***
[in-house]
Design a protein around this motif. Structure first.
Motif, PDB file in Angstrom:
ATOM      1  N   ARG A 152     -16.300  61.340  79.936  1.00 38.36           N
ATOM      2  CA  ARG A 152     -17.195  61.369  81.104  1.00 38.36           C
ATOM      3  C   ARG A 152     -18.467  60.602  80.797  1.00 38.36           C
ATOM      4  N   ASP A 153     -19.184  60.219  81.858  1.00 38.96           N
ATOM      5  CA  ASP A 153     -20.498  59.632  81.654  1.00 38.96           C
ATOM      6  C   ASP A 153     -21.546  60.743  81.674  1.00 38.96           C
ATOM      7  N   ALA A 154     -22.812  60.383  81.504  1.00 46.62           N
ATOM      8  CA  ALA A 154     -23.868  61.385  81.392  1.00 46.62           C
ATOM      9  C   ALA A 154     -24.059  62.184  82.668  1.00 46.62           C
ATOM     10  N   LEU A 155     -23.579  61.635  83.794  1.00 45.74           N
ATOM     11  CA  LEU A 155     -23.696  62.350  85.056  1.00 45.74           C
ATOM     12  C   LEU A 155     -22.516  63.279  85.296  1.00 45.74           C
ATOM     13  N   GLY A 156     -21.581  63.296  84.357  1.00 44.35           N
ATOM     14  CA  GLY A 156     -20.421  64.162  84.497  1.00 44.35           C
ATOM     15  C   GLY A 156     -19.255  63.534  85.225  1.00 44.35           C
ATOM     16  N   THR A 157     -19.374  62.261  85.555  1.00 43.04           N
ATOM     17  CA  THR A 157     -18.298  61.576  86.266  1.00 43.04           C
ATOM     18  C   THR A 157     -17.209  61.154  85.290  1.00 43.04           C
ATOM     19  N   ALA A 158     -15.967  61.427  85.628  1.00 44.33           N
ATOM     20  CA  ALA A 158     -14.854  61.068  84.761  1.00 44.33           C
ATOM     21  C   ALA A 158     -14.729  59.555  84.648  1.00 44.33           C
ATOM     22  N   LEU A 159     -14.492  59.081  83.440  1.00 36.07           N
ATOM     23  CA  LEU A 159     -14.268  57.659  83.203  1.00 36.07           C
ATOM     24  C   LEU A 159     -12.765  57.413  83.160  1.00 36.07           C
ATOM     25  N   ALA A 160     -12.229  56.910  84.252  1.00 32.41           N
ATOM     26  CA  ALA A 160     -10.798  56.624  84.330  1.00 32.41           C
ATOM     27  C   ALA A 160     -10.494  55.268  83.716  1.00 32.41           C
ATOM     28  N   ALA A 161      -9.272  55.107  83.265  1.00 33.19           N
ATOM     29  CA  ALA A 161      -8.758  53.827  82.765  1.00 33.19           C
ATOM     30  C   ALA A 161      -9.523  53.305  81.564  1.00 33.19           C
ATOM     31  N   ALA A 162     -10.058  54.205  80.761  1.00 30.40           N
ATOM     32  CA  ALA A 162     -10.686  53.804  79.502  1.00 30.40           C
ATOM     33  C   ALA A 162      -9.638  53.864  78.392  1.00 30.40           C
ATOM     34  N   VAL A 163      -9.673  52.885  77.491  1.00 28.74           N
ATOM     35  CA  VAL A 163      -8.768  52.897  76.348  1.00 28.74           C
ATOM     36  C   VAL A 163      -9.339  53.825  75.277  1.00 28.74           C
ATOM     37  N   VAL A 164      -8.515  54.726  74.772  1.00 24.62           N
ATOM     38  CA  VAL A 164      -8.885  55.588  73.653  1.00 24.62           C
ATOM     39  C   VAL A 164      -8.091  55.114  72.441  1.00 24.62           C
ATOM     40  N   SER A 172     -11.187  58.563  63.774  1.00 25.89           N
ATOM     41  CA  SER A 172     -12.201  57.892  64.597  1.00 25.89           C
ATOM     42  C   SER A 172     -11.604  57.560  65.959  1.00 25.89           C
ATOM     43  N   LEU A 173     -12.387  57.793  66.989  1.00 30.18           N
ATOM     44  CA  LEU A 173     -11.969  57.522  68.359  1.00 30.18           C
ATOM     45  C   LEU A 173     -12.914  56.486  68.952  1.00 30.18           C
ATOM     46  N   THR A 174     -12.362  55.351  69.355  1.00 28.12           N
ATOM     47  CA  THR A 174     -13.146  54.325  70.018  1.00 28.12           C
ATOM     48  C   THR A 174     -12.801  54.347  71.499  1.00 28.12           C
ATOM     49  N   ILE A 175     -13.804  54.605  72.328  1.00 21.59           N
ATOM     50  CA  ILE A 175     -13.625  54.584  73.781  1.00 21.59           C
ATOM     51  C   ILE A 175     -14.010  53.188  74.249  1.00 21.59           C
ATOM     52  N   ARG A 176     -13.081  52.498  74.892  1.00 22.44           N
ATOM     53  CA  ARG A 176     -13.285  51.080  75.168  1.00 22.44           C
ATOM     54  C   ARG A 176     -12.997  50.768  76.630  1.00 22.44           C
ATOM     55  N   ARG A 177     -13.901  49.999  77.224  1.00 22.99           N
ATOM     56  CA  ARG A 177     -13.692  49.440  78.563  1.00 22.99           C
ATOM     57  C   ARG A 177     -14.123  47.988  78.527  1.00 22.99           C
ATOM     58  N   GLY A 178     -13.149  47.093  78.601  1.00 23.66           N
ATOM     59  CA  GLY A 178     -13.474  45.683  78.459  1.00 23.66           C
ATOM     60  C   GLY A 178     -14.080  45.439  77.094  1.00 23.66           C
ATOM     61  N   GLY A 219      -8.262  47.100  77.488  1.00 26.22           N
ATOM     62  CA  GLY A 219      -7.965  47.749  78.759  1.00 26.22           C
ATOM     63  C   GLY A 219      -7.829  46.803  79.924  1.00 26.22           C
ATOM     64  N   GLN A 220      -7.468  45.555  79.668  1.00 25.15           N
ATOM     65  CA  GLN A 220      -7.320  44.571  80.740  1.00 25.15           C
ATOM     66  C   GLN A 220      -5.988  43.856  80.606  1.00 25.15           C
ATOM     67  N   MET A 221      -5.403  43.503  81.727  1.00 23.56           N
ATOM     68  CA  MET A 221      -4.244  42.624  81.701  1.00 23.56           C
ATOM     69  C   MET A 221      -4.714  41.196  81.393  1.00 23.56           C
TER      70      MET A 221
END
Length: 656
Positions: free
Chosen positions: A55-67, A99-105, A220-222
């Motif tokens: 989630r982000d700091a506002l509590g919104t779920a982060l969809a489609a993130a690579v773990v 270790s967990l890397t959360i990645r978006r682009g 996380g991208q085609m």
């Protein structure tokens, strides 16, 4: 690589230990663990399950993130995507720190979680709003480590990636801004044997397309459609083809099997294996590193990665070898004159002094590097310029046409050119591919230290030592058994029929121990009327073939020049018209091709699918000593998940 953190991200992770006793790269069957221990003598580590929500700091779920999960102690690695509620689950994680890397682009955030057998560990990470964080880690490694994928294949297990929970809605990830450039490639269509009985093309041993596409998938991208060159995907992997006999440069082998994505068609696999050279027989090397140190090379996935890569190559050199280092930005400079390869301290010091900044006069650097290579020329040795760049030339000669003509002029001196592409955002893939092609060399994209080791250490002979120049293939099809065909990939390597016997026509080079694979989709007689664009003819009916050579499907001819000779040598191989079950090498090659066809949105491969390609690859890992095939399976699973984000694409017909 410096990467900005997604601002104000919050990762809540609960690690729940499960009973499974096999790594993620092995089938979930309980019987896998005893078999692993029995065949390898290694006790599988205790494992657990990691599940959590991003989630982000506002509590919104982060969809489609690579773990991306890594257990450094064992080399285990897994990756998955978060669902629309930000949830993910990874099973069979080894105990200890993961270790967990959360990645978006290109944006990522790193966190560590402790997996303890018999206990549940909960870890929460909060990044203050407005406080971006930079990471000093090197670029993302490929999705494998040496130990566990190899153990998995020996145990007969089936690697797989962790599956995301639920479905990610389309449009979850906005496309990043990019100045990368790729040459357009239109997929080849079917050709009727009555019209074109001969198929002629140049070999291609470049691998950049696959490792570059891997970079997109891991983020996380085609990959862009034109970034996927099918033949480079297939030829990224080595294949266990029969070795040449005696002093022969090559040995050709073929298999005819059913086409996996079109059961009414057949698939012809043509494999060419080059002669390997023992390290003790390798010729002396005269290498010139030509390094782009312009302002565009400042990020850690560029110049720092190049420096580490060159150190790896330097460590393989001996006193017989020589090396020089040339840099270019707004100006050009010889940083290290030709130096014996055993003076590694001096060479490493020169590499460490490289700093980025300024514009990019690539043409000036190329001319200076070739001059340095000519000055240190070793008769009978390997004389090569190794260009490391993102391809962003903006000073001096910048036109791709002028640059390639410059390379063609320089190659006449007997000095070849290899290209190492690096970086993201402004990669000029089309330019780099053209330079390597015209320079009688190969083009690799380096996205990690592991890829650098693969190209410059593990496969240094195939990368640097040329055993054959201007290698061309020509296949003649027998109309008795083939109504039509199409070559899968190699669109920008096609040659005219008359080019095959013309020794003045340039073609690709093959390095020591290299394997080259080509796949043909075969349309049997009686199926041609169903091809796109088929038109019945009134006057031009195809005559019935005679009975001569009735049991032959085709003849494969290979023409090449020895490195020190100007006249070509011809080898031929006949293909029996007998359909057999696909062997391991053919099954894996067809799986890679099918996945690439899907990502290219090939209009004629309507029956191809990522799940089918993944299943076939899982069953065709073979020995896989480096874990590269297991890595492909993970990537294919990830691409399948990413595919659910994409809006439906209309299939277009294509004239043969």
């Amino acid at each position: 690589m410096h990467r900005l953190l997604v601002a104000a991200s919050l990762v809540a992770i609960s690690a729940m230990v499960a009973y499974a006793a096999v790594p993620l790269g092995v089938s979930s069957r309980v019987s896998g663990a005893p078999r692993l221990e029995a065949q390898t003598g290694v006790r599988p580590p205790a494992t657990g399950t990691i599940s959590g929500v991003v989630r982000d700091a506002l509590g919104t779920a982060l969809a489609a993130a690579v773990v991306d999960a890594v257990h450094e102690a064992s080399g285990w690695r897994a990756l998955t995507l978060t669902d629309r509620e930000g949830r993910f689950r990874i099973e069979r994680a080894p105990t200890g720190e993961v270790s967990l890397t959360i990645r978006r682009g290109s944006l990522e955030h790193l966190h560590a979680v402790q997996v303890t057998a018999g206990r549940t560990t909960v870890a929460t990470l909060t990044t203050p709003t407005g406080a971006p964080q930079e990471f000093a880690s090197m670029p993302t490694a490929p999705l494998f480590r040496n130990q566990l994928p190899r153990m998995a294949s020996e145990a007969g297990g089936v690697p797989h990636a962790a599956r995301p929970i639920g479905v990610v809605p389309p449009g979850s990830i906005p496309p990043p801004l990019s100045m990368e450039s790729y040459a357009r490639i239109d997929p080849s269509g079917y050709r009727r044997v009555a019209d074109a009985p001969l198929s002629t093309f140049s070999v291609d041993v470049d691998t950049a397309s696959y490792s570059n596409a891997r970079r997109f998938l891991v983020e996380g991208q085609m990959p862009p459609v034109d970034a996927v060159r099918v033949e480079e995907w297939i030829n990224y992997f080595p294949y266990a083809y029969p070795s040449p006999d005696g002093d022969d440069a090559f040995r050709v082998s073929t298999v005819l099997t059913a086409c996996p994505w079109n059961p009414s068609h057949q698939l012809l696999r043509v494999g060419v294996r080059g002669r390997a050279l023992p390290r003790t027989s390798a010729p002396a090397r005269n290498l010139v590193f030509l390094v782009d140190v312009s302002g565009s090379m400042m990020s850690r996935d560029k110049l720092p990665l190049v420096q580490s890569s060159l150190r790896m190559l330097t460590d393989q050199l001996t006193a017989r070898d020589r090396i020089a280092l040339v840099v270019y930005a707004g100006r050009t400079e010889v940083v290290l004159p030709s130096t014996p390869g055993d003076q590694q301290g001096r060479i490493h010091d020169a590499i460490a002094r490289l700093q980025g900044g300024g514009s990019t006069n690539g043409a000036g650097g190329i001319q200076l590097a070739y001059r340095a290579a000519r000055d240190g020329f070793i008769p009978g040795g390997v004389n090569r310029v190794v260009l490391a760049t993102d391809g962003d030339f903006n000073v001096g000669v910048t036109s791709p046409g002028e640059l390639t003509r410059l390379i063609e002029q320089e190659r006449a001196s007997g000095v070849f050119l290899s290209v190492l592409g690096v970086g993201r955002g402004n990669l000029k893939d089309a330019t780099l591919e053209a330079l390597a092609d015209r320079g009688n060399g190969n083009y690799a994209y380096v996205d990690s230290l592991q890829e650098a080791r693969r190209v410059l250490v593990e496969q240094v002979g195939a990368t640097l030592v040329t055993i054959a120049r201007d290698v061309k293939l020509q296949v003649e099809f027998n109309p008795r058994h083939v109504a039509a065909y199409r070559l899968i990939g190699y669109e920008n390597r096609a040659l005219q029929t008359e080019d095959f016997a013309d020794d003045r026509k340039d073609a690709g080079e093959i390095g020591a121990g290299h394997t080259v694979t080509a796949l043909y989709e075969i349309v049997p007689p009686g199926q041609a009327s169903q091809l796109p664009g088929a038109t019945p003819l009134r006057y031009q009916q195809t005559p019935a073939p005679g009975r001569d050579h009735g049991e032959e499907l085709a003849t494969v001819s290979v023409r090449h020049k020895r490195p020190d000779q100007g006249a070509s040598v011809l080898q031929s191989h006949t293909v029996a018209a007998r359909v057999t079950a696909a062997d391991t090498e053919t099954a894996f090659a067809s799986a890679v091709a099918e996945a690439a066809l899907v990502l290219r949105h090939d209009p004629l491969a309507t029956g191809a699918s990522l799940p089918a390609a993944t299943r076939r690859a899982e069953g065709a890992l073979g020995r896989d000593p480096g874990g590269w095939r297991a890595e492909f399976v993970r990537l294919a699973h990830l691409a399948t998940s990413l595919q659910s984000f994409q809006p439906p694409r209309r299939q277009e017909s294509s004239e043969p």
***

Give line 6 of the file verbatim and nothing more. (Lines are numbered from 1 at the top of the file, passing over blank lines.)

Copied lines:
ATOM      3  C   ARG A 152     -18.467  60.602  80.797  1.00 38.36           C